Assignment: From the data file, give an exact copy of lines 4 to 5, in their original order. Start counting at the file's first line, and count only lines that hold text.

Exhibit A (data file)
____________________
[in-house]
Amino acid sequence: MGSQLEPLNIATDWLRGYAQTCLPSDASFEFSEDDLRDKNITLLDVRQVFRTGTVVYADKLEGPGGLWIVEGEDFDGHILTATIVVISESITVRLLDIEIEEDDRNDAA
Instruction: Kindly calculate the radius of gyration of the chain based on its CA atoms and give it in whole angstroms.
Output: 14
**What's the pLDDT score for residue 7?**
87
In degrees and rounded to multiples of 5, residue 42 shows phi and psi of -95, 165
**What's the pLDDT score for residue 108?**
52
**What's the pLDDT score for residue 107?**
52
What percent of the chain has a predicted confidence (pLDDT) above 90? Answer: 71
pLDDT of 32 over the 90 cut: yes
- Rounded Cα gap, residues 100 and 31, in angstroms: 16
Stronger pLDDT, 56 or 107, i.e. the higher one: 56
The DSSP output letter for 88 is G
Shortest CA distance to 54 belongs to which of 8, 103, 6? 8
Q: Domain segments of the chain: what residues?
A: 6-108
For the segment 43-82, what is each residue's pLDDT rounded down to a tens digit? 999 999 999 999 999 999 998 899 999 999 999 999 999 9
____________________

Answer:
Output: 14
**What's the pLDDT score for residue 7?**